Ask anyone who knows him, and you’ll find out quickly that Jordan DeLoach is a smart kid.
He took his first college course as a sophomore, and picked up an internship with a Kansas City-based software developer as a junior. While his peers picked up summer jobs at fast-food joints, DeLoach was working full-time in the same field he will begin studying in college next year.
It’s no surprise, then, that DeLoach takes a scientific approach to his work in the pool.
The senior will end his Manhattan High swimming career at the state meet in Topeka this weekend with a full load, swimming the 200-yard and 500-yard freestyle individual races, as well as the 200-yard and 400-yard freestyle relays.
“Jordan’s just a real cerebral kid,” Manhattan head coach Jerry Carpenter said. “He’s very smart, so he’s pretty fun, in that he understands on a cognitive level what he needs to do. He’s pretty scientific about things.
“You don’t have to convince him to do anything — he gets it.”
When it comes to academics, it helps that DeLoach’s father, Scott DeLoach, is a professor of computing and information science at Kansas State.
“My dad’s a computer science professor, and he’s always been very supportive of me taking classes,” Jordan DeLoach said. “I’m at the 300 level for computer science stuff.”
Computer science is what DeLoach wants to do, so any thought of collegiate swimming is off his radar at this point. Along with K-State, which doesn’t have a swim team, he’s considering the University of Texas.
“The University of Texas obviously has swimming, but they’re extremely good,” he said. “I’m not that good. And I’m looking at K-State, which doesn’t have swimming. So I’m not looking to swim in college, I’ll be done after high school.”
DeLoach has been swimming year round with the local club team, the Manhattan Marlins, since second grade. He is part of a select group of swimmers that compete year round and typically lead the high school team each winter.
“The guys that we had, a whole group of them, really bought in to training year round,” Carpenter said. “That made a huge difference, and Jordan was one of the guys that helped get them to commit to swimming year round.”
Since last year’s state appearance, DeLoach has been working even harder to improve his times and get stronger. He’s started lifting weights, while also watching video to see where his needs for improvement are the greatest.
“I’m really happy I get to do it again, because last year I was able to get a pretty good time, but now I want to go further and move up on the list,” he said. “It’s really cool to come back and do it a second time, and to have the experience of swimming individually in prelims and finals.”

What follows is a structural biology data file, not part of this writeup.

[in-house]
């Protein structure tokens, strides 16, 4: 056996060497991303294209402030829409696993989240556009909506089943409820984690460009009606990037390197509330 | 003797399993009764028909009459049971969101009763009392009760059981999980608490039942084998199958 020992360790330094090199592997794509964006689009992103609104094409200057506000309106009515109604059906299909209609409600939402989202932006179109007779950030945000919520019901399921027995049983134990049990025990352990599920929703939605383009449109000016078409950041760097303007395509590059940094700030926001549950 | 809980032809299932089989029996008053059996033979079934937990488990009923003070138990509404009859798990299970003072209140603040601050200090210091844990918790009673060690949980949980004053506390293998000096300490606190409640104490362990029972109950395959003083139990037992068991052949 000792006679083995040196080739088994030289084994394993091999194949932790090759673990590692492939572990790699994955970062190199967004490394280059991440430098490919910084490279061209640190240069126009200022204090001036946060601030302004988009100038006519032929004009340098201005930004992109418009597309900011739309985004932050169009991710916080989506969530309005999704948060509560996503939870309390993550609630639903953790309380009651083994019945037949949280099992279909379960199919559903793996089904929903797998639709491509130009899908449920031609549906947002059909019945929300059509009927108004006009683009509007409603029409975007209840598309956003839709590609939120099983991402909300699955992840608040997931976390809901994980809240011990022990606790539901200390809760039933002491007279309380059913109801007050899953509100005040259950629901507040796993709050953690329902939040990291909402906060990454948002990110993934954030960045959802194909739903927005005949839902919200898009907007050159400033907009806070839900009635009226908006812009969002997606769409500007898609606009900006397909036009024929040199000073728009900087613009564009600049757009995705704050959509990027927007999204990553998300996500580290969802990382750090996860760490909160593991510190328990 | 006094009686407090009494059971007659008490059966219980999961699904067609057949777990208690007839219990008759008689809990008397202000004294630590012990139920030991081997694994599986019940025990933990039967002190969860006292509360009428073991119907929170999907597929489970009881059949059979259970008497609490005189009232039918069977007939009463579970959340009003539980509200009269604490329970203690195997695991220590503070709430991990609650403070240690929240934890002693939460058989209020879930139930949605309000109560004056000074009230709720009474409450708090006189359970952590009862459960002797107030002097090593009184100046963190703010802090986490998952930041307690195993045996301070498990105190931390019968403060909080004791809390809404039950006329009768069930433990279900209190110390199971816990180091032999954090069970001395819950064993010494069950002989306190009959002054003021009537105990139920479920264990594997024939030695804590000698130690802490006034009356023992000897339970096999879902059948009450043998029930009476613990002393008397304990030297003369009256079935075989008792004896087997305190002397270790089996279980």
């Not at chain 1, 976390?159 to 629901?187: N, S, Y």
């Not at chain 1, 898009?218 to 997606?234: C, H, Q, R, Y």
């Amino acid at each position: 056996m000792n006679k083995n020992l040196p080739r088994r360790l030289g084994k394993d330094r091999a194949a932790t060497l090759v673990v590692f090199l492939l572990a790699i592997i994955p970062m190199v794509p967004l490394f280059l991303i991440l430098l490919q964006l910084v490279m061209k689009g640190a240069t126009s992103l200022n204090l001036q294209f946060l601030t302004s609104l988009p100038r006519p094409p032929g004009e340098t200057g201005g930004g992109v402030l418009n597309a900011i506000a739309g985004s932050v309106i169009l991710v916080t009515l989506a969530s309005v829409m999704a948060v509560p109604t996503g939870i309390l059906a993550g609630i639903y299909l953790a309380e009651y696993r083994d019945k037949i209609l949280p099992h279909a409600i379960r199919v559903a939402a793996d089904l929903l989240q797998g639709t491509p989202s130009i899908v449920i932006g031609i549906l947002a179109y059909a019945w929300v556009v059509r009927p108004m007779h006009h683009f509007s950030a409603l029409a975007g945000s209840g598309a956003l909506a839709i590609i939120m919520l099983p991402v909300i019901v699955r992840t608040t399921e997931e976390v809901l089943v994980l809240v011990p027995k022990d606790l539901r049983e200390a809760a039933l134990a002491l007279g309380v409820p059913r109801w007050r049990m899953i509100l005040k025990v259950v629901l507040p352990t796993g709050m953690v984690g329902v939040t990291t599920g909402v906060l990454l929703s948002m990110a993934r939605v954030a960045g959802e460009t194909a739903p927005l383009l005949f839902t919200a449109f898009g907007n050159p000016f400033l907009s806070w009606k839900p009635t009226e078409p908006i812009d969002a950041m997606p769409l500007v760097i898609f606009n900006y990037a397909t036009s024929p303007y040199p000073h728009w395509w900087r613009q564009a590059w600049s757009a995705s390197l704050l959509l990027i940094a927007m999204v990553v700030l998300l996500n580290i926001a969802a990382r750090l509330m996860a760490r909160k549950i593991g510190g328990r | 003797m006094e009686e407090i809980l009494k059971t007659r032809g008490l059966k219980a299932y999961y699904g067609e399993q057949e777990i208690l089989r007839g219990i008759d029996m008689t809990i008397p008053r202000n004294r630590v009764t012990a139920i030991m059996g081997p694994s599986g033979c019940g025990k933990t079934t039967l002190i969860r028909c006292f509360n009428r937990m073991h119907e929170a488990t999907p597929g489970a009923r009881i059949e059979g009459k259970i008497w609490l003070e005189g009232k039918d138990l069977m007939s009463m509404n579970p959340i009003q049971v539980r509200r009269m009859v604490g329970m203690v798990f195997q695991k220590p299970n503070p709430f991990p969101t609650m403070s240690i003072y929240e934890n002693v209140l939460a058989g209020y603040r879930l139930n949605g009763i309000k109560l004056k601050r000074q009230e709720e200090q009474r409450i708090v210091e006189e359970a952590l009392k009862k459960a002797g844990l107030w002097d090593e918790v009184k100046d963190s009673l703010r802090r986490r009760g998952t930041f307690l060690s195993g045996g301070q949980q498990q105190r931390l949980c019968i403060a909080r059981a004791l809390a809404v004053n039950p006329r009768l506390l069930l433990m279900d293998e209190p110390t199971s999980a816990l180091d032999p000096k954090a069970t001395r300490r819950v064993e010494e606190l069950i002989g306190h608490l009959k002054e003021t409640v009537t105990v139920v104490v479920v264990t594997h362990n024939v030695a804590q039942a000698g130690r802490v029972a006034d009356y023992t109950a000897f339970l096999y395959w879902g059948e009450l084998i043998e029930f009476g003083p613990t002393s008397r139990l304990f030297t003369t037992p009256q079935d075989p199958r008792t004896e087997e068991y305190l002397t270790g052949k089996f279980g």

Last year, DeLoach was Manhattan’s lone qualifier in an individual event other than diving. Swimming the 500-yard free, DeLoach finished in 13th in both the prelims and finals. This weekend at state, DeLoach has the best chance to finish in the top 16 during Friday’s prelims to make the finals on Saturday.
“We’re sitting pretty good in all our events,” Carpenter said. “Jordan’s definitely got a chance to swim again on Saturday. He’d obviously like to push to the top eight and get in the championship heat. There’s a lot of fast swimming though, so it’s going to be a challenge.”
DeLoach’s goals are similar to Carpenter’s expectations.
“At the 200, I’d like to break 1:50,” DeLoach said. “Right now I’m sitting at a 1:51.0. I’d like to go 1:49 or something, I’d like to have great relay splits. I’m not really sure how the 500 will turn out. I’d really like to break five minutes. Last year I was 5:05.”
Joining DeLoach at state will be Brett Bandy, who qualified in the 100-yard butterfly with a consideration time.
“I think Brett is ready to go faster in the fly,” Carpenter said. “He swam pretty well at league, but he’s a big muscle guy, and he takes a little longer to get completely rested.”
Manhattan will also take diver Evan Olson, who missed the finals at state a year ago and finished 20th. Manhattan will also take all three of its relay teams to state.
Since DeLoach qualified in two individual events, Carpenter can only swim him in two of the three relays, meaning junior Cameron Beauregard will swim the back stroke in the medley relay.
“Typically, we swim (Beauregard) in the 200 free and the 400 free, but in this case, David Woods is really coming on and swimming really fast, so we’ll swim him free and swim Cam back, then we’ll have Levi doing breast and Brett doing fly. That’ll be a fast combination.
“Then we’ll do Cameron, David and Jordan and Brett for the 200, then Cam, Jordan Brett and Levi in the 400.”
Carpenter said his team is fully rested and ready to go for the weekend.
“This is the time of year they really like, when we taper and the volume is way down,” he said. “We’ve been doing a lot of speed work, really working on sharpening starts, turns, trying to get everything clean. They’re ready to go. They’re full of energy and hopping around.”
The state meet begins today with diving prelims with swimming starting Friday morning at 10 a.m. Gates at the Capitol Federal Natatorium in Topeka open to the general public at 9 a.m.